Is sex good for survival?
Why study the evolution of sex?
Sex results in offspring with DNA from more than one parent. Sexual reproduction is so common and familiar that it may come as a surprise to find that it has been an enduring puzzle in evolutionary biology. Given that many species can reproduce uniparentally, without needing to combine genes with other individuals, why would sex evolve? And given that asexual lineages frequently evolve from sexual species, why do so many different species retain sexual reproduction? There have been many different solutions proposed for both the origin and maintenance of sexual reproduction, ranging from genome repair to long-term evolvability. This broad range of proposed mechanisms requires us to think about how evolution works at different levels of biological organisation, from “selfish genes” to evolutionary lineages, and at different timescales, from individual lifetimes to millions of year.
What are the main points?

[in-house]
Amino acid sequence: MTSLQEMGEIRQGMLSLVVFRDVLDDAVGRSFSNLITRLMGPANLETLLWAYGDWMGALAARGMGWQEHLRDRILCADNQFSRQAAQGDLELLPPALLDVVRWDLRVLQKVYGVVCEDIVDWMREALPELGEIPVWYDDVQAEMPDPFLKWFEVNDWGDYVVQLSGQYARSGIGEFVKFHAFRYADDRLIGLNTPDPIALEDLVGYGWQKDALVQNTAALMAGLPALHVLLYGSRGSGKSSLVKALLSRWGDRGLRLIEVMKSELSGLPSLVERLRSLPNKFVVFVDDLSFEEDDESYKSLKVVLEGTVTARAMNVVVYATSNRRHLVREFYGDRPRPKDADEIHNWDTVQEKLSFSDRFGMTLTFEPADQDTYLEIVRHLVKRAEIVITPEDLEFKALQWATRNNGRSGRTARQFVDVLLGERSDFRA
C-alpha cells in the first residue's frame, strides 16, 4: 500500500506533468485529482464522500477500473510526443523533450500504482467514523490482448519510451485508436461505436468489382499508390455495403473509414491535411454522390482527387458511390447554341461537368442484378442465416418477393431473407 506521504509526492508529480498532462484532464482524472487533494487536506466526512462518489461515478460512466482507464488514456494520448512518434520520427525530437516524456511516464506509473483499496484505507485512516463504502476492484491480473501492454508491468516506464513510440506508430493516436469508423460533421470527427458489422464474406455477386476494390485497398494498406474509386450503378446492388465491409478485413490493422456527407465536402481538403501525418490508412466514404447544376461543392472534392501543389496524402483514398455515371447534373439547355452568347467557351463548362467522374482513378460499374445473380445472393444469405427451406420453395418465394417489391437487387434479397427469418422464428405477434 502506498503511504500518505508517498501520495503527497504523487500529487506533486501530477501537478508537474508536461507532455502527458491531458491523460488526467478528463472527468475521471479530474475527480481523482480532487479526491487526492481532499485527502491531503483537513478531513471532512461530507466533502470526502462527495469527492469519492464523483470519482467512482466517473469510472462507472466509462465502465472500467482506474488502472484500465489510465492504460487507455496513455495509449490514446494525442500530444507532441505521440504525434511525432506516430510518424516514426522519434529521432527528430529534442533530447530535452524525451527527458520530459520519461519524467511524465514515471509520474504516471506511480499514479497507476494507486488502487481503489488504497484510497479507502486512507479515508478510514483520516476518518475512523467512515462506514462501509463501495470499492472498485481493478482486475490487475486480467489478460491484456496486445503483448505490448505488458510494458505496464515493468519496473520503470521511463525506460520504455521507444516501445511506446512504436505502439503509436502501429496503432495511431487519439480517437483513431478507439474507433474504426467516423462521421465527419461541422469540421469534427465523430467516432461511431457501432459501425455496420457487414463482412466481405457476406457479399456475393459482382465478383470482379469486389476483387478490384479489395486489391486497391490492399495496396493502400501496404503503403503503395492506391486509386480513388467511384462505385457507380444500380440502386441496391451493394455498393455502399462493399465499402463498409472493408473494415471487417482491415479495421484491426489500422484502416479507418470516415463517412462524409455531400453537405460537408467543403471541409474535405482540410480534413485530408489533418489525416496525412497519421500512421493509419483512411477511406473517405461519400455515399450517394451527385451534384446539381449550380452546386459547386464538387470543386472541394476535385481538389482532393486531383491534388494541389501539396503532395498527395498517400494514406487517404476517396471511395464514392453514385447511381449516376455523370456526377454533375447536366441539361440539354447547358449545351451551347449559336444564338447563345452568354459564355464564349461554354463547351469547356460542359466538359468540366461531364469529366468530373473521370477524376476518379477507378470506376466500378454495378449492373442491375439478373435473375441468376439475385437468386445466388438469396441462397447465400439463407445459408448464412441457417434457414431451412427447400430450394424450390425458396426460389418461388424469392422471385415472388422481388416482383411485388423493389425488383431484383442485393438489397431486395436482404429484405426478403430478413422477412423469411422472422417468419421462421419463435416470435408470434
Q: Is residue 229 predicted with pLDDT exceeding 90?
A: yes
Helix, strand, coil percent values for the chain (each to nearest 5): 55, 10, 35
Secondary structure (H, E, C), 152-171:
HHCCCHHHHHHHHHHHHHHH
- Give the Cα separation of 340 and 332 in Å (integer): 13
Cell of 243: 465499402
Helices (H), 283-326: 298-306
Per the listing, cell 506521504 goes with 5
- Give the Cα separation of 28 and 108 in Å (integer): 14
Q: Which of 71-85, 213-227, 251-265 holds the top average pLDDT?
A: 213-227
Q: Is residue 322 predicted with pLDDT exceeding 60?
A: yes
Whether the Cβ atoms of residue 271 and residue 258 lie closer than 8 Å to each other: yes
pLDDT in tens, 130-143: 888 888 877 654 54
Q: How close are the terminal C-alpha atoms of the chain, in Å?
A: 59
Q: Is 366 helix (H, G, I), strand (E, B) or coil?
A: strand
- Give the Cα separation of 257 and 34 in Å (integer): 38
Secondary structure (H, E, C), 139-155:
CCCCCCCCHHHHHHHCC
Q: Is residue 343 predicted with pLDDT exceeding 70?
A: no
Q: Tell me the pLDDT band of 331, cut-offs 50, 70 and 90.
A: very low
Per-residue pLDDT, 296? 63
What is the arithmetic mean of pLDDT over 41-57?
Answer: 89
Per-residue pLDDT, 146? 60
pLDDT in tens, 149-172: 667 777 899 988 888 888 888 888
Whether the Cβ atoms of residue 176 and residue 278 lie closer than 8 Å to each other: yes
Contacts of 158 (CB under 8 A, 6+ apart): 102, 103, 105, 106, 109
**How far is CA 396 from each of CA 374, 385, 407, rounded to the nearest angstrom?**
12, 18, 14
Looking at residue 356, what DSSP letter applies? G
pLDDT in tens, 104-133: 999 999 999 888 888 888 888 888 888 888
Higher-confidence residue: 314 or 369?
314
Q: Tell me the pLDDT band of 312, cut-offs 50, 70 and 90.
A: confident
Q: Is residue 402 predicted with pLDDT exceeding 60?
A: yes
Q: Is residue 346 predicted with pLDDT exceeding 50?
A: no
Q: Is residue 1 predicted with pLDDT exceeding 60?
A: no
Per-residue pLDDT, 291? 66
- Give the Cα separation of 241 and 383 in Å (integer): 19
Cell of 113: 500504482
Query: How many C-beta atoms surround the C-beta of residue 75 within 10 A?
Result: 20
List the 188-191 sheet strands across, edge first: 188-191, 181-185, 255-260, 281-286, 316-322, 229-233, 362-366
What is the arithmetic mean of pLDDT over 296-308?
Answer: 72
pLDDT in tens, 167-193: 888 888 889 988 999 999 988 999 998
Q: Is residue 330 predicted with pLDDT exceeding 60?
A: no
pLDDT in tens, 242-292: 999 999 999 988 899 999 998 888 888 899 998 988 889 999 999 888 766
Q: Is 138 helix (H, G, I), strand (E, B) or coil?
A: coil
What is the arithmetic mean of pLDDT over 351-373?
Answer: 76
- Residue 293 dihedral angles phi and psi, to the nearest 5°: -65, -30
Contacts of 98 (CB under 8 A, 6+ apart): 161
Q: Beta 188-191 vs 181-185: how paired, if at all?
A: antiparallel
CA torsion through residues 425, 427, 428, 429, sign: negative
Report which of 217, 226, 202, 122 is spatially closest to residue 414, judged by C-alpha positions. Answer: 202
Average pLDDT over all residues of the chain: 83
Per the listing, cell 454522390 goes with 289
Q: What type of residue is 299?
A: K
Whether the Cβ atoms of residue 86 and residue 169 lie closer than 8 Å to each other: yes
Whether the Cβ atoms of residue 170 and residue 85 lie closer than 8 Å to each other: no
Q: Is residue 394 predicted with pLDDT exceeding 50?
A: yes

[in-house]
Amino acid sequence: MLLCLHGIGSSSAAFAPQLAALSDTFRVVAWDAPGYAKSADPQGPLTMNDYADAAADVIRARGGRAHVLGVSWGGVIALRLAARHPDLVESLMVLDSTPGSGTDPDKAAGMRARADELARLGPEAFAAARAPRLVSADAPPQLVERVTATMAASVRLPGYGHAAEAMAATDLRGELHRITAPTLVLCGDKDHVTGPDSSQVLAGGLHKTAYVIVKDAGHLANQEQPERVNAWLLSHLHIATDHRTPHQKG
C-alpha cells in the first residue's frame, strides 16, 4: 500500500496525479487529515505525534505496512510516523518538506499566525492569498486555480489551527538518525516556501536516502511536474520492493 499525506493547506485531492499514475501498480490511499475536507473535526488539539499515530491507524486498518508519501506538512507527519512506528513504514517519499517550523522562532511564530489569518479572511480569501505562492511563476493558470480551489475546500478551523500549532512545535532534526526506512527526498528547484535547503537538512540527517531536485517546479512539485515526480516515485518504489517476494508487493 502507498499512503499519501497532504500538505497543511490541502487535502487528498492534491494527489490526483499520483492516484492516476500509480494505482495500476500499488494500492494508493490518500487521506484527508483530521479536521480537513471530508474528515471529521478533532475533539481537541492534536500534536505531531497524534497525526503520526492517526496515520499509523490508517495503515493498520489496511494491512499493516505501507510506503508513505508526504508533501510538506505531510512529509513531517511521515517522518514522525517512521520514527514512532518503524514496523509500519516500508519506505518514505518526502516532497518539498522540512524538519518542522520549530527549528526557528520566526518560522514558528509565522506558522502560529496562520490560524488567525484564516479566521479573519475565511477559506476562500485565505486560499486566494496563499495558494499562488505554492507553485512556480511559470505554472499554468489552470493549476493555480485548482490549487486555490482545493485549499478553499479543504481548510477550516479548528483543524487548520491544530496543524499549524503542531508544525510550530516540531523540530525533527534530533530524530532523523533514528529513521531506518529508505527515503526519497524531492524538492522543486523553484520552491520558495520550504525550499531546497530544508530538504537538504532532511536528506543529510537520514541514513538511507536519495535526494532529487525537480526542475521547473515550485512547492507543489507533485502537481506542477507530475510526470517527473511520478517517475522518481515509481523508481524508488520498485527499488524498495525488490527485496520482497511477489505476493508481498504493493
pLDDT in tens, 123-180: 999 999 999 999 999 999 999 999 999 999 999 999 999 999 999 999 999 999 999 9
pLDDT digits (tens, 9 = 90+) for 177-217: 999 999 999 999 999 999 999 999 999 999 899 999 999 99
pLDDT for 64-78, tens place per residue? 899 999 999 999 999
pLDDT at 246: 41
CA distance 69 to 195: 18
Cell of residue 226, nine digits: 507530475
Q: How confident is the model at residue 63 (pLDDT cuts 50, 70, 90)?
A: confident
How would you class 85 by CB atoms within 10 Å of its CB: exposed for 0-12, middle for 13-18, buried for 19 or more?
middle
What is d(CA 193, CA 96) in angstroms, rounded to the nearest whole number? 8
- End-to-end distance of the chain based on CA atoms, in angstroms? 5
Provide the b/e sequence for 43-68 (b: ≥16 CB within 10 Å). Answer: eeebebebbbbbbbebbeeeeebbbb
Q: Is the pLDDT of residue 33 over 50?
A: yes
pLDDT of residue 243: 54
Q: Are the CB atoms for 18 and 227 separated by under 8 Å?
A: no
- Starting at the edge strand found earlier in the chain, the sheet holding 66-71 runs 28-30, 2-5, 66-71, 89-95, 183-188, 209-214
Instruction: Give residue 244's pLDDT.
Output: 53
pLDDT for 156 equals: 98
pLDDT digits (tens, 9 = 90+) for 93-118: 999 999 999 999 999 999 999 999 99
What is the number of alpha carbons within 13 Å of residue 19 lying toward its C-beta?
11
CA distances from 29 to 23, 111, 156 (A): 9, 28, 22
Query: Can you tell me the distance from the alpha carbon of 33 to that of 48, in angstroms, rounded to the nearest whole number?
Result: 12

- When reproducing entities (such as individuals) are made up of multiple units that also have the capacity for copying themselves (such as genes), we have to think about the way selection acts at different levels of biological organisation.
- Fitness benefits at one level of biological organisation may come at the cost of the capacity of other levels to leave descendants, and different players in a system may benefit from different reproductive strategies
- We might seek separate explanations for the origin and maintenance of complex traits: uncovering the selective pressures that generated the capacity for genetic exchange may tell us little about why most living eukaryotic species retain sexual reproduction.
What techniques are covered?
- Evolutionarily stable strategies: the fittest variant needs to be considered in terms of the other possible variants in the population.
- Genetic conflict: genes within a genome may have different ideal strategies for reproduction, and this may be reflected in evolution of genomic architecture, individual behaviour, and long term lineage evolvability.
What case studies will be included?
Phylogenetic models of macroevolution: ‘tippy’ distribution of asexuality on the tree of life
Image: Rod Peakall, all rights reserved.